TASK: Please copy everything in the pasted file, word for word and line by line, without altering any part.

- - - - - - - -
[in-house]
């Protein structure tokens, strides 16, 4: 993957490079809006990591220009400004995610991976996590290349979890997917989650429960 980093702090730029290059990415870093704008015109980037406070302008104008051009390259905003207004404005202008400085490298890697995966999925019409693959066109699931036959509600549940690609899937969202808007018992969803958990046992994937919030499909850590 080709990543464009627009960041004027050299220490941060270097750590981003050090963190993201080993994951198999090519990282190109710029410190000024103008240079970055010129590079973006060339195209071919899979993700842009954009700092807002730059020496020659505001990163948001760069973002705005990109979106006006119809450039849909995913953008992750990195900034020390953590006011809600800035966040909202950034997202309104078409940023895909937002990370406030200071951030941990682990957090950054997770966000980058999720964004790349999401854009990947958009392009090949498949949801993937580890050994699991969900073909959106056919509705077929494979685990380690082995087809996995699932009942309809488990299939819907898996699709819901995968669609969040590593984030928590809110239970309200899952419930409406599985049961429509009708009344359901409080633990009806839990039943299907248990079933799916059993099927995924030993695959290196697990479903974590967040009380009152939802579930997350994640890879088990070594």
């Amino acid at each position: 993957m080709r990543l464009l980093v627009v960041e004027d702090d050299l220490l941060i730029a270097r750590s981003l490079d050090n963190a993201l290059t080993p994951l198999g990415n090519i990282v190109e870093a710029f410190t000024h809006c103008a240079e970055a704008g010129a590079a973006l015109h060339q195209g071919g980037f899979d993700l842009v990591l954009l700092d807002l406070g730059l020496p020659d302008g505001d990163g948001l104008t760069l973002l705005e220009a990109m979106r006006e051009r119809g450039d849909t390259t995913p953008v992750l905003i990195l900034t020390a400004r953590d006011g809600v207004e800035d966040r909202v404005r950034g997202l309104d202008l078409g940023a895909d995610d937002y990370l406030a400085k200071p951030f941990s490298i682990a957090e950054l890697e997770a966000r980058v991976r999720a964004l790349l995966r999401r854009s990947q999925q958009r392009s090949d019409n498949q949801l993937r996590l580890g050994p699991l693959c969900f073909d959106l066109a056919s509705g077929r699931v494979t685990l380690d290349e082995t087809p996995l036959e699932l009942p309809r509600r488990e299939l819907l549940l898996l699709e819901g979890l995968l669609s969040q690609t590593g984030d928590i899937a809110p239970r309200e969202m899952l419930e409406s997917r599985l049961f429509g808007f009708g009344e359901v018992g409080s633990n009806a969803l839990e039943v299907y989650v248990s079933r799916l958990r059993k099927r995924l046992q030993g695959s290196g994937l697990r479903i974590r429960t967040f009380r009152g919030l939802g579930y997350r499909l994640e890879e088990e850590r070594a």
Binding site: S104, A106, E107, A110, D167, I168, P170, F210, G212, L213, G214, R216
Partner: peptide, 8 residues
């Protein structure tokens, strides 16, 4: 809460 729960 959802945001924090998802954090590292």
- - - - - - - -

[in-house]
């Protein structure tokens, strides 16, 4: 993957490079809006990591220009400004995610991976996590290349979890997917989650429960 980093702090730029290059990415870093704008015109980037406070302008104008051009390259905003207004404005202008400085490298890697995966999925019409693959066109699931036959509600549940690609899937969202808007018992969803958990046992994937919030499909850590 080709990543464009627009960041004027050299220490941060270097750590981003050090963190993201080993994951198999090519990282190109710029410190000024103008240079970055010129590079973006060339195209071919899979993700842009954009700092807002730059020496020659505001990163948001760069973002705005990109979106006006119809450039849909995913953008992750990195900034020390953590006011809600800035966040909202950034997202309104078409940023895909937002990370406030200071951030941990682990957090950054997770966000980058999720964004790349999401854009990947958009392009090949498949949801993937580890050994699991969900073909959106056919509705077929494979685990380690082995087809996995699932009942309809488990299939819907898996699709819901995968669609969040590593984030928590809110239970309200899952419930409406599985049961429509009708009344359901409080633990009806839990039943299907248990079933799916059993099927995924030993695959290196697990479903974590967040009380009152939802579930997350994640890879088990070594």
């Amino acid at each position: 993957m080709r990543l464009l980093v627009v960041e004027d702090d050299l220490l941060i730029a270097r750590s981003l490079d050090n963190a993201l290059t080993p994951l198999g990415n090519i990282v190109e870093a710029f410190t000024h809006c103008a240079e970055a704008g010129a590079a973006l015109h060339q195209g071919g980037f899979d993700l842009v990591l954009l700092d807002l406070g730059l020496p020659d302008g505001d990163g948001l104008t760069l973002l705005e220009a990109m979106r006006e051009r119809g450039d849909t390259t995913p953008v992750l905003i990195l900034t020390a400004r953590d006011g809600v207004e800035d966040r909202v404005r950034g997202l309104d202008l078409g940023a895909d995610d937002y990370l406030a400085k200071p951030f941990s490298i682990a957090e950054l890697e997770a966000r980058v991976r999720a964004l790349l995966r999401r854009s990947q999925q958009r392009s090949d019409n498949q949801l993937r996590l580890g050994p699991l693959c969900f073909d959106l066109a056919s509705g077929r699931v494979t685990l380690d290349e082995t087809p996995l036959e699932l009942p309809r509600r488990e299939l819907l549940l898996l699709e819901g979890l995968l669609s969040q690609t590593g984030d928590i899937a809110p239970r309200e969202m899952l419930e409406s997917r599985l049961f429509g808007f009708g009344e359901v018992g409080s633990n009806a969803l839990e039943v299907y989650v248990s079933r799916l958990r059993k099927r995924l046992q030993g695959s290196g994937l697990r479903i974590r429960t967040f009380r009152g919030l939802g579930y997350r499909l994640e890879e088990e850590r070594a």
Binding site: S104, A106, E107, A110, D167, I168, P170, F210, G212, L213, G214, R216
Partner: peptide, 8 residues
């Protein structure tokens, strides 16, 4: 809460 729960 959802945001924090998802954090590292």